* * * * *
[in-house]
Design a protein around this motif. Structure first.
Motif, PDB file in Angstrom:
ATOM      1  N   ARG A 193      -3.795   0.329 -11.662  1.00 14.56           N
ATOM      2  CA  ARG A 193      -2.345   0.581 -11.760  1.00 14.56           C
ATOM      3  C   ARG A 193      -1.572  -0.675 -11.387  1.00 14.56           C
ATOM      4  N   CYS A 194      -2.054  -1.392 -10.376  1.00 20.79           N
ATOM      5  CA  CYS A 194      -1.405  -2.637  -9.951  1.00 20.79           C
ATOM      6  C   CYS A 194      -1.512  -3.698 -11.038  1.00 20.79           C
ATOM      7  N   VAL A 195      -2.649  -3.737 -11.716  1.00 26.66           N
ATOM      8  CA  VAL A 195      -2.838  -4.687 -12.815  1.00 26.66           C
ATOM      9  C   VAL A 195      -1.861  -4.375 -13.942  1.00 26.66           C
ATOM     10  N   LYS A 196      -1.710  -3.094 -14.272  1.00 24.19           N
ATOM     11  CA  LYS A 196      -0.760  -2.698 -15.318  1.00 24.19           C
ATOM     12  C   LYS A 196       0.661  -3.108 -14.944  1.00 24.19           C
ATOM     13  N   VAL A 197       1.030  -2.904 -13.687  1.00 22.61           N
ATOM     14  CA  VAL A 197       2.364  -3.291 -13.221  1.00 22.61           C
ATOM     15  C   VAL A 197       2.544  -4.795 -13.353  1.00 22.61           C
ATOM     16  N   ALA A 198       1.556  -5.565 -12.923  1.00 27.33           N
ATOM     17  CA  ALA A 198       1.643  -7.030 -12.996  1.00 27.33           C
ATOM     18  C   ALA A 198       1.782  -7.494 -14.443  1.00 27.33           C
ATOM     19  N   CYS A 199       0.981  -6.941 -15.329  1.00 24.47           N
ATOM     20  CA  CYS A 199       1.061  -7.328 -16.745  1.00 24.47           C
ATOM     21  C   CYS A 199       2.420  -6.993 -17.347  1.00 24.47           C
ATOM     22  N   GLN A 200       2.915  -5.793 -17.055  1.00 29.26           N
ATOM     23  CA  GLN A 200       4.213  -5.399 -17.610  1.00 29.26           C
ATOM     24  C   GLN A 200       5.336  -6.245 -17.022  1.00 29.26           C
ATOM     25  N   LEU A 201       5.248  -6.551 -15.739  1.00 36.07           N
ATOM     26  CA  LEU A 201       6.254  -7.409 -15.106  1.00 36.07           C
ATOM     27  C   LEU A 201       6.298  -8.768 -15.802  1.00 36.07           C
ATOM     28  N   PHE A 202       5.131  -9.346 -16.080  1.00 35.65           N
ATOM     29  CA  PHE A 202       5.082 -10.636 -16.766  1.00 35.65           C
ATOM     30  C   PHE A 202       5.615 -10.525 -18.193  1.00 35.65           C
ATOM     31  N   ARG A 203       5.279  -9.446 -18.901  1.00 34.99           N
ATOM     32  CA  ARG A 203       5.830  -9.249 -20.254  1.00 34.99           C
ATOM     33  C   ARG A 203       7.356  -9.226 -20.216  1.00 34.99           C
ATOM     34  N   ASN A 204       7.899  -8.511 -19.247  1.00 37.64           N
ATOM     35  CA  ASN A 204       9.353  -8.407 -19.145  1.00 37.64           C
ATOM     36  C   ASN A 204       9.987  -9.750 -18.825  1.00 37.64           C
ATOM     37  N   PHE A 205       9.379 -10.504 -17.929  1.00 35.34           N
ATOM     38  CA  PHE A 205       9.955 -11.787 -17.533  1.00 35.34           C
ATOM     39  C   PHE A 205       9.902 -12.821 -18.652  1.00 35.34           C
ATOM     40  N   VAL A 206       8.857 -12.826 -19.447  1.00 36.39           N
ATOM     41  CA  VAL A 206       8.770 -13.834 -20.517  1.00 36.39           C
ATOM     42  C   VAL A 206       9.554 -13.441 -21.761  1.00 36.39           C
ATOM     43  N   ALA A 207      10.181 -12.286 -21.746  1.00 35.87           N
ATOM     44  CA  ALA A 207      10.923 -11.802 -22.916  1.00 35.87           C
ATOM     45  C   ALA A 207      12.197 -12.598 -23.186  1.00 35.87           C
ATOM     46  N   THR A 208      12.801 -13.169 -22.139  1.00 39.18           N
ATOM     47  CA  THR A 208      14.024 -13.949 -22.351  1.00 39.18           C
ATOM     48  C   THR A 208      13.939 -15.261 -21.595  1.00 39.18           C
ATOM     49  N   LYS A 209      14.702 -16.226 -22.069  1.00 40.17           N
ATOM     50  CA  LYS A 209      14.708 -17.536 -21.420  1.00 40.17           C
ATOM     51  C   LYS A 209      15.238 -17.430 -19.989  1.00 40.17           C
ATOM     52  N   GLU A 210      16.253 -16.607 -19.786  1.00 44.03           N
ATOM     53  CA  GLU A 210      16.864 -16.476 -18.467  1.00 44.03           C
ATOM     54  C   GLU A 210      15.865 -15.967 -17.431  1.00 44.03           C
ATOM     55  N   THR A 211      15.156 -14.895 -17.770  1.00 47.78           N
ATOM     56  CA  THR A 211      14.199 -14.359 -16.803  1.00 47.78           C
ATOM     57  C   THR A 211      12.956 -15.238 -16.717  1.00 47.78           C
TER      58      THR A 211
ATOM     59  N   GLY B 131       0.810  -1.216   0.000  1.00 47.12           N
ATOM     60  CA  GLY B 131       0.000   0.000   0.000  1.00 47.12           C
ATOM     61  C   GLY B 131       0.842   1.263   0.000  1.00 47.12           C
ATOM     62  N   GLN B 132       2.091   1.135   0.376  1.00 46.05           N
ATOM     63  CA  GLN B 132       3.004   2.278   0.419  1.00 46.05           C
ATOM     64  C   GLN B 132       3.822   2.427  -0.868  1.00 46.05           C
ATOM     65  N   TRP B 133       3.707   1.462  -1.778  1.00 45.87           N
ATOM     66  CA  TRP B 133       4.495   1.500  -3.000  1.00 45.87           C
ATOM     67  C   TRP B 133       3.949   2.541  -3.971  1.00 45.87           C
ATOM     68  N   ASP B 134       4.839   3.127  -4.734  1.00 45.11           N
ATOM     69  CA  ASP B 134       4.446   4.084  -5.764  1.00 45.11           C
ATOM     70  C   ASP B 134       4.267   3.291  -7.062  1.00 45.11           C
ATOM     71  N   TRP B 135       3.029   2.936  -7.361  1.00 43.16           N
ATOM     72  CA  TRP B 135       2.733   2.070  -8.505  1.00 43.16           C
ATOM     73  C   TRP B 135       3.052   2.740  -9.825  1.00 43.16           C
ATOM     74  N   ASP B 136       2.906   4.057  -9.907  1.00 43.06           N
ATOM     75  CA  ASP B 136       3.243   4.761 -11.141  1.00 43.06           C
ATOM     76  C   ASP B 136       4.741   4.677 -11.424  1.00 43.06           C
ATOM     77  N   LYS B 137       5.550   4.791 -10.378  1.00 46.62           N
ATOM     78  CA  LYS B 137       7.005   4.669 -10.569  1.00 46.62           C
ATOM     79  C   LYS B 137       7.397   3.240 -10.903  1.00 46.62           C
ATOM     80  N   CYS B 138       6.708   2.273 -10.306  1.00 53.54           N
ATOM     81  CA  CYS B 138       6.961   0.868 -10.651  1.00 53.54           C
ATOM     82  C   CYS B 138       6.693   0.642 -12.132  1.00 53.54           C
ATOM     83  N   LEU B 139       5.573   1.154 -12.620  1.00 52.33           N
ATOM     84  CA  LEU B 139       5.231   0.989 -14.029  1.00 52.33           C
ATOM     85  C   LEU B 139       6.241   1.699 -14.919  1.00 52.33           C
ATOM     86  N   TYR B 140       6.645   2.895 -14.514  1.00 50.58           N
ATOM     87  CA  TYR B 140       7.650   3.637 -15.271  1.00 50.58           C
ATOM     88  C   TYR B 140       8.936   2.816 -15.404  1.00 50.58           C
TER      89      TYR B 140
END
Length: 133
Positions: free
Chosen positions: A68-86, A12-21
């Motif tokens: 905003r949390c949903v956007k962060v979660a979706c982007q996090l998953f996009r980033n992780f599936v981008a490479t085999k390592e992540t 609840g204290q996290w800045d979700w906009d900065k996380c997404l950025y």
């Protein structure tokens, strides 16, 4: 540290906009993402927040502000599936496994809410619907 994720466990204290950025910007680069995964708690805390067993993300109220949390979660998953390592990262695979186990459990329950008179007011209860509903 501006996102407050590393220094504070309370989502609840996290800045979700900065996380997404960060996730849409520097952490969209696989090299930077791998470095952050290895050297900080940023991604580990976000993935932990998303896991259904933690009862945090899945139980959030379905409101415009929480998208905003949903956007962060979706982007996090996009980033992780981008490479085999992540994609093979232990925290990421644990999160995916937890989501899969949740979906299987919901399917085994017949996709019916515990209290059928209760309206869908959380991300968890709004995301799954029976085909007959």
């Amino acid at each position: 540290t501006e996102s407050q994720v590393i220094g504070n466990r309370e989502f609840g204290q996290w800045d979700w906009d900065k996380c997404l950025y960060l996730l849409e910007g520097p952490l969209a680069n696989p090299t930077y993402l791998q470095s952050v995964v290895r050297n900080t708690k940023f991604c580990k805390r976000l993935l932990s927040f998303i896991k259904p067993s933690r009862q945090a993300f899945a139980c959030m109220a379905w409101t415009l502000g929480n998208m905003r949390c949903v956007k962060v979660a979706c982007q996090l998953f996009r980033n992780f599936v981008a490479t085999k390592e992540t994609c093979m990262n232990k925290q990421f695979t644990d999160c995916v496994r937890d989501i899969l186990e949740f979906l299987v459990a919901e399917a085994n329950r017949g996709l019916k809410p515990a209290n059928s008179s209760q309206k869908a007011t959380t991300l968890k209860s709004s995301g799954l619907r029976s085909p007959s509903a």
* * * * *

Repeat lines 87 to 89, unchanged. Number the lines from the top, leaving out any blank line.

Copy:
ATOM     84  CA  LEU B 139       5.231   0.989 -14.029  1.00 52.33           C
ATOM     85  C   LEU B 139       6.241   1.699 -14.919  1.00 52.33           C
ATOM     86  N   TYR B 140       6.645   2.895 -14.514  1.00 50.58           N